Tuesday, July 2, 2013

HowTo secure enable anonymous access of SharePoint external facing website

SharePoint can be used to provision public facing websites, accessible for the anonymous audience. Naturally it is then required that the contents (publishing pages, images, stylesheets) on the SharePoint website are anonymous accessible. In SharePoint 2007 the only option was to completely open up the SharePoint site collection, including all of its contents. Starting with SharePoint 2010 you have more fine-grained options. You can still open up the entire SharePoint context, which is the easy approach. Or you can decide to explicitly determine which of the content in the SharePoint site collection is anonymous accessible.

Enable Anonymous Access on site-collection level

As said, this is the easy, and as result also the most common applied approach. Basically you have to set one switch (ok, it takes some more, you can find the steps outlined here), and you're good to go.
What you must realize is that with this approach, basically all your content is anonymous accessible. Not only the publishing pages, but all SharePoint lists and libraries in the site collection are open for data retrieval from outside your domain. The data can be retrieved via the "old" Lists.asmx service (e.g. using CodePlex SPServices.js within jQuery context; or by invoking Lists.asmx from a .NET console application), or via ListData.svc. Whether this is a concrete problem depends: if the lists and libraries do not contain any sensitive data, what's the harm? But if they do, then you do not want that data to be retrievable outside your control.
Noteworthy: This is the applied approach when you host your public facing website in SharePoint Online / Office 365.

Enable Anonymous Access explicitly only for the required SharePoint artefacts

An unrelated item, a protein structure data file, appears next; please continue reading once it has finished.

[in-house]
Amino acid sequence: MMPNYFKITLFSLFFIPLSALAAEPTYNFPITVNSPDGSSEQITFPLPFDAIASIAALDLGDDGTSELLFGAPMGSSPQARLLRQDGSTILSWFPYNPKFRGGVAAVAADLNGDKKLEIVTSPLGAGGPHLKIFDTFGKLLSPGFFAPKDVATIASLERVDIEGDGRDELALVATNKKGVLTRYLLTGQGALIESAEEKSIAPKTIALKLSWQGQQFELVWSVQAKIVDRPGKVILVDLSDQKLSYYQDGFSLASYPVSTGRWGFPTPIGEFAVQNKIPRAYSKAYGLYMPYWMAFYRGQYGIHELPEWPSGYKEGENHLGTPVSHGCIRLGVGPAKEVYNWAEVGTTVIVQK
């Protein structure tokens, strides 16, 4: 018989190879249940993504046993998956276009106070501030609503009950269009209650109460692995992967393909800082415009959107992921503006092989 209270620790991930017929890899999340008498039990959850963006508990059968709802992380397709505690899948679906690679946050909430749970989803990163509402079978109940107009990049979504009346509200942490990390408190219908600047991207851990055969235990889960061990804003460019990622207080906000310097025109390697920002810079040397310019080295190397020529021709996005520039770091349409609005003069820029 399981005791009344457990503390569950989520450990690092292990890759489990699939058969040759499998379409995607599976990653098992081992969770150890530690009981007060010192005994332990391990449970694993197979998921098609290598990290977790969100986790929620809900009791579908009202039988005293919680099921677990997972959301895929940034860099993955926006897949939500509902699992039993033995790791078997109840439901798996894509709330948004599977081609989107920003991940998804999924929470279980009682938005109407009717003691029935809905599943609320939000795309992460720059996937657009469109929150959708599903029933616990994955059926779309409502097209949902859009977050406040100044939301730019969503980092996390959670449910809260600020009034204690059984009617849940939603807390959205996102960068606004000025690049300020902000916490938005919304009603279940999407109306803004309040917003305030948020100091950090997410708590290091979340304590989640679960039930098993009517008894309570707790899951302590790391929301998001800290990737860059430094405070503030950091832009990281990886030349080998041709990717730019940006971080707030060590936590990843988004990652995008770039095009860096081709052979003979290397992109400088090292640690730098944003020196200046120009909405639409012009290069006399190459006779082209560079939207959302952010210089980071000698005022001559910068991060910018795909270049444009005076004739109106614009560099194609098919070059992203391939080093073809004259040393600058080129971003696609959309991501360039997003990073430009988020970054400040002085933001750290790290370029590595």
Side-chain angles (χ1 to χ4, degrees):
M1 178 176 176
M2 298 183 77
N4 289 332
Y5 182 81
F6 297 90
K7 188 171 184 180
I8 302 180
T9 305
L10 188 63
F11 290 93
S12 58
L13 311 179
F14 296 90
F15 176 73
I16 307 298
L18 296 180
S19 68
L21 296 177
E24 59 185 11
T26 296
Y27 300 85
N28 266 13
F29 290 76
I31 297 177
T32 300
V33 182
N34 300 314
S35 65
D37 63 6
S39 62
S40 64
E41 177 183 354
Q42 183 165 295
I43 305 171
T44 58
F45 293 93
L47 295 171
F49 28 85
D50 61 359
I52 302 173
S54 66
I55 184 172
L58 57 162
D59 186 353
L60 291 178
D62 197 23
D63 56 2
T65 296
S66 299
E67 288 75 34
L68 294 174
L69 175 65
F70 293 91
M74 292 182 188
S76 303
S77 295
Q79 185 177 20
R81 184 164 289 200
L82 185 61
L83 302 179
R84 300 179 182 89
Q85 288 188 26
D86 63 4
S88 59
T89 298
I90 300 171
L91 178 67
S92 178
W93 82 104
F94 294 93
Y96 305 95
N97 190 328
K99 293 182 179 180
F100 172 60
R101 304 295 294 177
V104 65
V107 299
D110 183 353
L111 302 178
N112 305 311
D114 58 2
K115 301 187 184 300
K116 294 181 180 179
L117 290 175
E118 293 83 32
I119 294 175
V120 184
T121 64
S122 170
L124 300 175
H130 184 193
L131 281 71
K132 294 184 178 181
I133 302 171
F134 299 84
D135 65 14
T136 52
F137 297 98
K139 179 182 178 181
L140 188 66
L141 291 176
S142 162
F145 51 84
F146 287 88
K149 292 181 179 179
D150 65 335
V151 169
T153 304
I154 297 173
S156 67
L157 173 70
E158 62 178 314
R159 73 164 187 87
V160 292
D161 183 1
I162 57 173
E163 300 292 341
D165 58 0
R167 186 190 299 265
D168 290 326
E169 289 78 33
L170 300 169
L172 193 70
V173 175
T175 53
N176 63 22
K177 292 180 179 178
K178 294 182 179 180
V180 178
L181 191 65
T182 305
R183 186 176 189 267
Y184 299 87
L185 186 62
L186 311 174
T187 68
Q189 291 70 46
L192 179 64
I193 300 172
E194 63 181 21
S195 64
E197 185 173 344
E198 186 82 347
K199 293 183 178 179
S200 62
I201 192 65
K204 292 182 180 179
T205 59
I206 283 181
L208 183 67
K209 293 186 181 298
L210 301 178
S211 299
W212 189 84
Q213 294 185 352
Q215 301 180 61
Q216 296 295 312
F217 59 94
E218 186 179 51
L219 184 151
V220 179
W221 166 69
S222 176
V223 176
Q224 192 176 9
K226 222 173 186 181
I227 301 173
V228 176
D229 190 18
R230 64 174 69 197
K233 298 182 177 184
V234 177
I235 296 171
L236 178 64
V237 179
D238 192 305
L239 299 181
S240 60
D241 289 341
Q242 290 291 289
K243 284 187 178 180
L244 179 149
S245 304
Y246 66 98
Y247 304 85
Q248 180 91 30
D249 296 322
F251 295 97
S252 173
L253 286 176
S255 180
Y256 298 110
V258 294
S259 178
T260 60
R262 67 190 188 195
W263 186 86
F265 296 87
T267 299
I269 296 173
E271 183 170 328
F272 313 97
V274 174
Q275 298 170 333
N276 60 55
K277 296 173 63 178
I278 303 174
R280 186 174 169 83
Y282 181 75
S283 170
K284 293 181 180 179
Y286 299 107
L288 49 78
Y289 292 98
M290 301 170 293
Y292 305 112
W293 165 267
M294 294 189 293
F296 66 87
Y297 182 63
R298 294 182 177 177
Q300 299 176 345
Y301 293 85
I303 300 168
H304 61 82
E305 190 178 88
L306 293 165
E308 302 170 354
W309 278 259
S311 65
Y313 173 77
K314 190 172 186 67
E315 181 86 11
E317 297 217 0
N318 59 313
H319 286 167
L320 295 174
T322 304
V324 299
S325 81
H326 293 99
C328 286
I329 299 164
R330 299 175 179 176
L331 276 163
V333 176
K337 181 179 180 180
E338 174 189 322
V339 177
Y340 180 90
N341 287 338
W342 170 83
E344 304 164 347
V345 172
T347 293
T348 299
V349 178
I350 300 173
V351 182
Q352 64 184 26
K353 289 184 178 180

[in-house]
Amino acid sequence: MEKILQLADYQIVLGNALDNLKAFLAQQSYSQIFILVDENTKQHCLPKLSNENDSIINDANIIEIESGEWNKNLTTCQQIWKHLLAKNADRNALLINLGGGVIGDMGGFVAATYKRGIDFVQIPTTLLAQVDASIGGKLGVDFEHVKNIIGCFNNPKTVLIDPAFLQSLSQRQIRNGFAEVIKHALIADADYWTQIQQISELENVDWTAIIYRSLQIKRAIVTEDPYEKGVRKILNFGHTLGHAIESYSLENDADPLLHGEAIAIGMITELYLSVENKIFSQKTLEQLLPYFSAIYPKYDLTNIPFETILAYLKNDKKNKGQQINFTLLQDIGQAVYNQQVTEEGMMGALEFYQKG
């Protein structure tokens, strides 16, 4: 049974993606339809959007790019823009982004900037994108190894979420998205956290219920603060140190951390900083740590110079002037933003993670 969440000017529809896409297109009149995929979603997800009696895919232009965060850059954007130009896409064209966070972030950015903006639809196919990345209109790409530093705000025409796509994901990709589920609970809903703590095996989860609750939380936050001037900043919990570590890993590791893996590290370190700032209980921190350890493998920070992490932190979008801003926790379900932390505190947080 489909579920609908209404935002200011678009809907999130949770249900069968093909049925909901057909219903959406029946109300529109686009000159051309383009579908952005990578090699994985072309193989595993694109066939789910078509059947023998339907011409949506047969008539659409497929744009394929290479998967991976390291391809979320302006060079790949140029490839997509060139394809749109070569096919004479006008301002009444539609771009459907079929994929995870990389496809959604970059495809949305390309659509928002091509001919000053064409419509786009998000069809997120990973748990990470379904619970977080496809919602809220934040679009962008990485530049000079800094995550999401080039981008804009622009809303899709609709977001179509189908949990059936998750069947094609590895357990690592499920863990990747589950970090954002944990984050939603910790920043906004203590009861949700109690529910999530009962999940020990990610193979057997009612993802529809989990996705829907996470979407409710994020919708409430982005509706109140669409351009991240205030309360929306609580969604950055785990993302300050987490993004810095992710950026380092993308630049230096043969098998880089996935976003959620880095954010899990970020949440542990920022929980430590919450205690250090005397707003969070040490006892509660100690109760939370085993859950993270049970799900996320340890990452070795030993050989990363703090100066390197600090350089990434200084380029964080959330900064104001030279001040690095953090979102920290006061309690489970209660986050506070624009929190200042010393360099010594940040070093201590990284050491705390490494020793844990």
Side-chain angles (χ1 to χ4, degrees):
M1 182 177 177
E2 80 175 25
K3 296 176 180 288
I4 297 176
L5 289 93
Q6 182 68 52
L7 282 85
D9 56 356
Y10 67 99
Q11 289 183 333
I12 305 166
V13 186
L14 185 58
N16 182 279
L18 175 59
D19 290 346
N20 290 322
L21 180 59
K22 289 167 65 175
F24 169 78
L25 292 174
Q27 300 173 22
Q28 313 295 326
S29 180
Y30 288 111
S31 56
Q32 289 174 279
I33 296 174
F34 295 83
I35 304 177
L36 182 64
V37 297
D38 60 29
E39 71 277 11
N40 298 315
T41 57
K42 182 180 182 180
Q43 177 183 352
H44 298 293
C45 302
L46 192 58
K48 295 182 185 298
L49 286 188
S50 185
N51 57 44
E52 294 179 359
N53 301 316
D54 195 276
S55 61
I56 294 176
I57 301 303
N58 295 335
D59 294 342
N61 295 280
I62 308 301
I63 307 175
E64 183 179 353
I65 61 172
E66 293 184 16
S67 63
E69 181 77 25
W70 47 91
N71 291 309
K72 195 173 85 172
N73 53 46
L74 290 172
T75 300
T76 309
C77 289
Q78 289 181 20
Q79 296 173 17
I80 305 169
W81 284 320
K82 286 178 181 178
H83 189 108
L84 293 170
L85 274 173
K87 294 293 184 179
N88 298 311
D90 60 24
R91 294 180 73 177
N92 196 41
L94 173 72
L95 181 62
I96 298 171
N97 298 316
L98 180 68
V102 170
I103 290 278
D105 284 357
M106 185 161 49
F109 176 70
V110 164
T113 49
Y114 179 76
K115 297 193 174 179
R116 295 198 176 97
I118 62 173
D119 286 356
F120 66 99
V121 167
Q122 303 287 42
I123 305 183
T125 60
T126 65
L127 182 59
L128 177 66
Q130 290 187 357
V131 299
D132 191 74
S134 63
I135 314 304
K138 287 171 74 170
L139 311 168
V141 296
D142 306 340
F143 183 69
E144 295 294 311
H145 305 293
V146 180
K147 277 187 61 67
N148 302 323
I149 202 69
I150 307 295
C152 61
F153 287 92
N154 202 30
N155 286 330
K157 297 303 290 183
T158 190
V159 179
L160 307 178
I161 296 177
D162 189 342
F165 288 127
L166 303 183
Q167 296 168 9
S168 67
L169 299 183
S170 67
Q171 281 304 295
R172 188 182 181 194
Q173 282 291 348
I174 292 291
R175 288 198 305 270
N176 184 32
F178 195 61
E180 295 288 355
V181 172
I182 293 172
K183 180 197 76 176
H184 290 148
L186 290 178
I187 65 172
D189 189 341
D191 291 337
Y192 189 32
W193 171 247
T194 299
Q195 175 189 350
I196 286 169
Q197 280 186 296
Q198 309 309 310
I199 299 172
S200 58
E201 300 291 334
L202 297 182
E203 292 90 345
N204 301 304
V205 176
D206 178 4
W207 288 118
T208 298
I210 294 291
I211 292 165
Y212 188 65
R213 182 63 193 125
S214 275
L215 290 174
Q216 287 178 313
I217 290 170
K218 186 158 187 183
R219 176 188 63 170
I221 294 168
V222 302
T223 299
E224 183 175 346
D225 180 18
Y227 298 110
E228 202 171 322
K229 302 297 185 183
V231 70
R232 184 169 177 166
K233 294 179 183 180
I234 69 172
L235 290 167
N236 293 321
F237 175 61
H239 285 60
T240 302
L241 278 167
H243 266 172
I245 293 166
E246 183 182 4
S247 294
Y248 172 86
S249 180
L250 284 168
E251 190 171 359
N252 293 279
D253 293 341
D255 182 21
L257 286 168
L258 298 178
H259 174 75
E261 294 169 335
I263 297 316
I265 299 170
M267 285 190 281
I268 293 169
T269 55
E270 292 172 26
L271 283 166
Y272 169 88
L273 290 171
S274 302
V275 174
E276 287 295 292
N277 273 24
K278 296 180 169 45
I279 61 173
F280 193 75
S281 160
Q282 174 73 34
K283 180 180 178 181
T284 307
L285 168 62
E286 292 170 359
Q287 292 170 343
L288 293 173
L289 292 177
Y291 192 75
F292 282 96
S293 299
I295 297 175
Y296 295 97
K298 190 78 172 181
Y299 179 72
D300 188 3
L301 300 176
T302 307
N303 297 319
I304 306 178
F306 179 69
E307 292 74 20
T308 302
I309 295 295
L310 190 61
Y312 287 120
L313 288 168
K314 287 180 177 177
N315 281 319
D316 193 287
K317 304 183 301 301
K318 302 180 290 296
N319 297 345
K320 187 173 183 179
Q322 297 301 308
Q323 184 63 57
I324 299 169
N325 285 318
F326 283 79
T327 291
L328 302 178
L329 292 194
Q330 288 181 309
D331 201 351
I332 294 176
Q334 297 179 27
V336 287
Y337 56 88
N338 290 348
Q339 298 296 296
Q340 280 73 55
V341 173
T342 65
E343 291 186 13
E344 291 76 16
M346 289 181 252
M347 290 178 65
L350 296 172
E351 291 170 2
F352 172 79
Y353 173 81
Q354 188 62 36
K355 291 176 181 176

As can be seen from the picture, you also have the option to enable anonymous access on 'Lists and Libraries' level. If you select that option, default still all your SharePoint content is prohibited for anonymous access. You have to explicitly enable per List / Library if their contents must be anonymous accessible. In practice this means that for public facing websites, you must enable Anonymous Access on the Pages library in each Publishing Site in the site collection. But also on the Style Library, so that .css and .js resources are accessible. If you display images stored in a PictureLibrary on website pages, then you must also enable that library. Same for documents. In case you need to display on a page data from a List that is deliberate not enabled, you can still do. But you will have to wrap the data retrieval in an ElevatedPrivilege context; and thus requires custom code.
So this approach implies much more work as simple enable on 'Total website'. And also you'll have an extra maintenance responsibility: when the website is augmented with another Publishing Site, you have to [remember to] enable the Pages library in that site also explicitly for Anonymous Access.
Sounds like a drag? Well, the [very] good side is that you are in explicit control of which content you allow for anonymous access. And the default mode is Not Accessible, which is a security best practice.

Lock _vti_bin usage

There is a third option. Go the easy route of enabling Anonymous Access for total website; and avoid uncontrolled data retrieval via the SharePoint webservices by disable on DNS level the usage of '_vti_bin'. This approach has however some drawbacks. You cannot use SharePoint Designer anymore to open the site. And you can no longer use the SharePoint REST services in anonymous context. In the current time of Rich HTML5 Apps, it is becoming de-facto reference architecture to connect the front-end to your data and logic via REST services. So this poses a real limitation. Which in my book should not be taken too lightly.

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